Improving the Detection of Shiga Toxin-producing Escherichia coliAug 18, 2016 at 12:00 PM ET
In the food industry, providing safe products and protecting the company brand is of the utmost importance. To help food manufacturers, processors, and contract testing laboratories ensure the safety of consumable goods, ATCC offers an expanding portfolio of quality control strains to help support the routine verification of raw beef manufacturing trimmings for Shiga toxin-producing Escherichia coli (STEC). In this presentation, we will discuss the growing concern on food-borne illnesses, the importance of quality control strains in food safety, and ATCC STEC reference materials that support this need.
- Food-borne illnesses are a widespread problem that affect tens of millions of people throughout the United States every year
- ATCC acquires, authenticates, and distributes clinically relevant food-borne pathogens that are essential for use as quality controls in food safety programs
- Toxigenic, non-toxigenic, and reporter-labeled STEC strains are available from ATCC
Cara Wilder, PhD
Senior Scientific Content Specialist, ATCC
Dr. Wilder is a Senior Scientific Writer at ATCC. She has a Ph.D. in Microbiology with background experience working with several pathogenic bacterial species in both in vitro and in vivo environments. Dr. Wilder is the author of numerous publications on varying topics of scientific relevance, including quality control, microbial contamination, assay development, proficiency testing, and multidrug resistance.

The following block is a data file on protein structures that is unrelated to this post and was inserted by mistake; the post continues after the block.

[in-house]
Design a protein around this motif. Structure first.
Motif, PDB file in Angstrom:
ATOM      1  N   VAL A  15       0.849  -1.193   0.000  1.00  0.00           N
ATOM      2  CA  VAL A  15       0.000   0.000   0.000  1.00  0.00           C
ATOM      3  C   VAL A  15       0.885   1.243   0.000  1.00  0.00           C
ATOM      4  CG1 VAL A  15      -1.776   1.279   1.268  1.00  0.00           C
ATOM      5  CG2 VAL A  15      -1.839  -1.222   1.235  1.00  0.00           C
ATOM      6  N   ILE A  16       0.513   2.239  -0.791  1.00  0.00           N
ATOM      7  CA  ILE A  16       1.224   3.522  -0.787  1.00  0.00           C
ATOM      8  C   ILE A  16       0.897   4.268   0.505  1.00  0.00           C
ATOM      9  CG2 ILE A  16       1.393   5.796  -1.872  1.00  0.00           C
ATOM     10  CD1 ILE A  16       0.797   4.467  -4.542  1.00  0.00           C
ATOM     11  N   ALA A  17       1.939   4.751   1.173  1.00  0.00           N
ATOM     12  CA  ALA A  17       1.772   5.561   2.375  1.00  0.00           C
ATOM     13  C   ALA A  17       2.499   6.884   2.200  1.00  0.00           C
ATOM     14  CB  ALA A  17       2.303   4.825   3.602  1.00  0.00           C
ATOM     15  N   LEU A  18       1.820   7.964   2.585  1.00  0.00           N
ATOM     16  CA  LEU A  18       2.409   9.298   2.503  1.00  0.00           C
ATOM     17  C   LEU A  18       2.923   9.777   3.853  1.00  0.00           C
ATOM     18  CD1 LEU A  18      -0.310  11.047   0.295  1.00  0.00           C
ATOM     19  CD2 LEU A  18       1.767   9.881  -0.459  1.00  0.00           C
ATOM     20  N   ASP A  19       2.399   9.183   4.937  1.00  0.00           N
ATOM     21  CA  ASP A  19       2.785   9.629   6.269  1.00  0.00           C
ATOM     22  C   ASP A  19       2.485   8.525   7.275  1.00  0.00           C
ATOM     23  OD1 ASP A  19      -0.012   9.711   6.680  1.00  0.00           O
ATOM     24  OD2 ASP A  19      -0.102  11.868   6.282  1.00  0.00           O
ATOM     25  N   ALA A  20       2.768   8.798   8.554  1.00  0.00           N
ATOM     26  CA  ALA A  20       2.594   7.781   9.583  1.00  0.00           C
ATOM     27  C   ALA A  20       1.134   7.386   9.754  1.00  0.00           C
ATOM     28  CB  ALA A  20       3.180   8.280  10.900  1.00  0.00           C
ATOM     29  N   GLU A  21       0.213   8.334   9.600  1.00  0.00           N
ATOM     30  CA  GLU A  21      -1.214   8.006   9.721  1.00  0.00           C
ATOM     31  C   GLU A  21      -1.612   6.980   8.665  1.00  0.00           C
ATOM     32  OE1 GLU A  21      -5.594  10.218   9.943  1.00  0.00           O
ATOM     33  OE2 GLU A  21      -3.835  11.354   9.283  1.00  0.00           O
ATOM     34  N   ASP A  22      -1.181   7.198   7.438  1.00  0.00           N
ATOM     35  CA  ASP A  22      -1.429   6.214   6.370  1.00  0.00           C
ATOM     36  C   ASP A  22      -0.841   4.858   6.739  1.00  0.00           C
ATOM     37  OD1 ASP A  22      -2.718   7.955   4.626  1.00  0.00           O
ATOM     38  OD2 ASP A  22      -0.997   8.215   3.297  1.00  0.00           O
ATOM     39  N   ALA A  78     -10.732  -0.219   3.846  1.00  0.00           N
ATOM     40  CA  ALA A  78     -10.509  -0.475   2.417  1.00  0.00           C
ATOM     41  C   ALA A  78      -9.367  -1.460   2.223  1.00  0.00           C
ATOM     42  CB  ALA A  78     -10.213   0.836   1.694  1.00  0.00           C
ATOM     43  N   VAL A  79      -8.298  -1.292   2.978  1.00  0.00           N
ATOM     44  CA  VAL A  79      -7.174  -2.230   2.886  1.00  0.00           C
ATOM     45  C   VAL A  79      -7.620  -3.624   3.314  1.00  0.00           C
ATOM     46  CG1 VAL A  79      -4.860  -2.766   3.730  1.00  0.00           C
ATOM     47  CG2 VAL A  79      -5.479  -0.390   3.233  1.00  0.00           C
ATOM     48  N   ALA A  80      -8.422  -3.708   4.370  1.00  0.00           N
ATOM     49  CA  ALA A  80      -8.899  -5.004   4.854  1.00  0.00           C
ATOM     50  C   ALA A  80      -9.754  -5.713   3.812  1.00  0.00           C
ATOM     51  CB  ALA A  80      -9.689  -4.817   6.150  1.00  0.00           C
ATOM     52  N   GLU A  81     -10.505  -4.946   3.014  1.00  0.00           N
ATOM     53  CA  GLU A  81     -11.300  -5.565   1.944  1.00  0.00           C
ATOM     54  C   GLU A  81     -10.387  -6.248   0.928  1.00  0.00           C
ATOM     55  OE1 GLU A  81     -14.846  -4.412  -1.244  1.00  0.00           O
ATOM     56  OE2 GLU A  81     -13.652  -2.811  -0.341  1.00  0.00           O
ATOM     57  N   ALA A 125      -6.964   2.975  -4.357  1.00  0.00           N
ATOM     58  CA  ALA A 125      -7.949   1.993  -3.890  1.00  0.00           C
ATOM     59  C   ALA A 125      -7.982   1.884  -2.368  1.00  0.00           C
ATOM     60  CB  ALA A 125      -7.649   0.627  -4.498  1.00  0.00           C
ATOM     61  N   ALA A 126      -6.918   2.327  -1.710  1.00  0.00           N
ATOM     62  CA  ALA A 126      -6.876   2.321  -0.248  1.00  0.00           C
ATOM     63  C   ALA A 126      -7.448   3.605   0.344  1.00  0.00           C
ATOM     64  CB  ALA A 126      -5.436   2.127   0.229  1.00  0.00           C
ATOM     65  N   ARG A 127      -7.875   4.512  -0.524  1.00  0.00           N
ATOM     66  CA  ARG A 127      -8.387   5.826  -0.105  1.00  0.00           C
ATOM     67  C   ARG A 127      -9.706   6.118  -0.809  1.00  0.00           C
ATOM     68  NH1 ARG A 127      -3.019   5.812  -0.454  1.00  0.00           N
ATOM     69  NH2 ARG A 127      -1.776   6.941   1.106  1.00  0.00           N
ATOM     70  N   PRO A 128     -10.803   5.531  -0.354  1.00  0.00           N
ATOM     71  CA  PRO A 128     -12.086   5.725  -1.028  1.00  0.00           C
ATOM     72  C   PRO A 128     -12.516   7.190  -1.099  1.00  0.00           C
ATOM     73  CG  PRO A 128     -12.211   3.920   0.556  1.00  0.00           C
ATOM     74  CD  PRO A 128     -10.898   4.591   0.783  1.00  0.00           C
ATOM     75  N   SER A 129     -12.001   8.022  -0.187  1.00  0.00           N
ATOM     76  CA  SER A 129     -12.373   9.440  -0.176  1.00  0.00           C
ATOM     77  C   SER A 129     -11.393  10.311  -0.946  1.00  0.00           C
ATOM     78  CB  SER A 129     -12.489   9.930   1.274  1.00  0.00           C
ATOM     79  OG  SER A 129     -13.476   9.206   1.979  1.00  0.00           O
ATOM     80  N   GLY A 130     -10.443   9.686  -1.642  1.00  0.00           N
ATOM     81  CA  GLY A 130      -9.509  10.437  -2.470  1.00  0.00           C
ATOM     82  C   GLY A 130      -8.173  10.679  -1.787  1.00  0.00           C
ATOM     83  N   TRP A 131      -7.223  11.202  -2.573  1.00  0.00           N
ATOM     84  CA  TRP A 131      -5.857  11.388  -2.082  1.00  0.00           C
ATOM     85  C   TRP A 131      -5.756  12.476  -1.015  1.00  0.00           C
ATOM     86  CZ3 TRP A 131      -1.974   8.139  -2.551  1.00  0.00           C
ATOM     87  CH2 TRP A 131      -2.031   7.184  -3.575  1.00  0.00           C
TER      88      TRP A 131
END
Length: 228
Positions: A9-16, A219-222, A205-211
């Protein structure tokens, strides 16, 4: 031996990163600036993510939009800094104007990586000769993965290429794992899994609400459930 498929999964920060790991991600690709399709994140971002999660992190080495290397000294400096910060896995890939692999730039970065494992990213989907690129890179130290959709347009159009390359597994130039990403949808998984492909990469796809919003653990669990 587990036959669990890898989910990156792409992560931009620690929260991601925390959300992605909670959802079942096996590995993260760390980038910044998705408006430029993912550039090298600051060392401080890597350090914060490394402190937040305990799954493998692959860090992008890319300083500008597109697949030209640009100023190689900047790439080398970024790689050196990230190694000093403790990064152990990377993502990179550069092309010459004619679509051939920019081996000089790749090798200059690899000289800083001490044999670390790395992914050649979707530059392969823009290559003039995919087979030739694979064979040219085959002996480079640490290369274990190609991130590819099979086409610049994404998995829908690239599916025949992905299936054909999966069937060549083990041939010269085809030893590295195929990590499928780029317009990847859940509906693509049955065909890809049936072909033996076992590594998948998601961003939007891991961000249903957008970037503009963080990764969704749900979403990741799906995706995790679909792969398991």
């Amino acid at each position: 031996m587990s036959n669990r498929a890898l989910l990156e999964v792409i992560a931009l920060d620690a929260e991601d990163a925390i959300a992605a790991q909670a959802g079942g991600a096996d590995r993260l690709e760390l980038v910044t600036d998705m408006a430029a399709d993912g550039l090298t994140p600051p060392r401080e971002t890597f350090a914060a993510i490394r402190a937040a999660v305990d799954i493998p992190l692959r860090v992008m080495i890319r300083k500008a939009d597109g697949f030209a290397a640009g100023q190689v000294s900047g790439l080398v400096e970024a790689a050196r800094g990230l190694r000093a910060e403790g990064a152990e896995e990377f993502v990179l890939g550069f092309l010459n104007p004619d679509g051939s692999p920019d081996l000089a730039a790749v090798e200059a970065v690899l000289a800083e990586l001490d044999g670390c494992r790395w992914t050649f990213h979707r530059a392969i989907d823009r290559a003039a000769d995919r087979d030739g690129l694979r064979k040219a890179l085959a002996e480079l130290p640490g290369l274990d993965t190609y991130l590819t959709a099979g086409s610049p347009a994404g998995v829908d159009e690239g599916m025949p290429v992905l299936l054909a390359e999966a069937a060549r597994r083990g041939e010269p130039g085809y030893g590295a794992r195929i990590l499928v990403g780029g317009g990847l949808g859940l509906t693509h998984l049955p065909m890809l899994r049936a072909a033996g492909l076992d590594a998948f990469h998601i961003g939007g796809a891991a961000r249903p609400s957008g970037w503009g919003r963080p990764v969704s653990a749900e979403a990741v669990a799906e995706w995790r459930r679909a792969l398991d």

Are all STEC strains pathogenic?
No. Although a number of STEC serotypes have been linked to foodborne illness, not all STEC strains are capable of causing disease in humans.
Are the non-toxigenic “Big Six” strains available for world-wide distribution?
Yes, the non-toxigenic “Big Six” strains are available to all countries except those restricted by the U.S. government.
Can the non-toxigenic “Big Six” strains be used as positive controls in the routine screening of STEC strains in meat products, regardless of the detection system used?
Non-toxigenic strains are suitable for assays using antibody-based detection of the O antigen. They are not suitable for molecular tests or antibody tests that target the Shiga toxin.
Did ATCC determine the eae variant subtypes?
No. We only performed a confirmatory PCR test for eae. We have not sequenced the eae gene to determine eae (gamma), eae (beta), eae (theta), eae (epsilon) variants.
Is it possible to determine the serogroup using chromogenic agar, or is this more of a confirmatory assay?
Chromogenic culture medium can be used to aid in the detection and isolation of STEC strains; however, alternative, approved methods for verification of serogroup should be considered.